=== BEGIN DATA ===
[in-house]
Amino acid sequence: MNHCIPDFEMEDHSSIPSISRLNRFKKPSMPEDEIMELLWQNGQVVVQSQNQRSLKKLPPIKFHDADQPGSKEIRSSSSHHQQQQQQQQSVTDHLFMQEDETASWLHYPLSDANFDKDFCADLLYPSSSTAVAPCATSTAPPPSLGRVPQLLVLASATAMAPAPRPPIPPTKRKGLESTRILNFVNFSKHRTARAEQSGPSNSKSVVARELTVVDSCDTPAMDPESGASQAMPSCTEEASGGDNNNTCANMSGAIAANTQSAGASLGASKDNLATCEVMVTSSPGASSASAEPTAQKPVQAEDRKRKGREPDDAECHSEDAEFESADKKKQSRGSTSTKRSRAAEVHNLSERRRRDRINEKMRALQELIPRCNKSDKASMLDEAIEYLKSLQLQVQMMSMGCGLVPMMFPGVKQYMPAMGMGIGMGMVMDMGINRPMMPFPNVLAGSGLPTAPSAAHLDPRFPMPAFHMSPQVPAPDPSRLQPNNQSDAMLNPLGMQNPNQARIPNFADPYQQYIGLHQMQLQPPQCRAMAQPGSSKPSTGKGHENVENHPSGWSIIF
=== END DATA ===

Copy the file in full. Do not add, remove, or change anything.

[in-house]
Amino acid sequence: MNHCIPDFEMEDHSSIPSISRLNRFKKPSMPEDEIMELLWQNGQVVVQSQNQRSLKKLPPIKFHDADQPGSKEIRSSSSHHQQQQQQQQSVTDHLFMQEDETASWLHYPLSDANFDKDFCADLLYPSSSTAVAPCATSTAPPPSLGRVPQLLVLASATAMAPAPRPPIPPTKRKGLESTRILNFVNFSKHRTARAEQSGPSNSKSVVARELTVVDSCDTPAMDPESGASQAMPSCTEEASGGDNNNTCANMSGAIAANTQSAGASLGASKDNLATCEVMVTSSPGASSASAEPTAQKPVQAEDRKRKGREPDDAECHSEDAEFESADKKKQSRGSTSTKRSRAAEVHNLSERRRRDRINEKMRALQELIPRCNKSDKASMLDEAIEYLKSLQLQVQMMSMGCGLVPMMFPGVKQYMPAMGMGIGMGMVMDMGINRPMMPFPNVLAGSGLPTAPSAAHLDPRFPMPAFHMSPQVPAPDPSRLQPNNQSDAMLNPLGMQNPNQARIPNFADPYQQYIGLHQMQLQPPQCRAMAQPGSSKPSTGKGHENVENHPSGWSIIF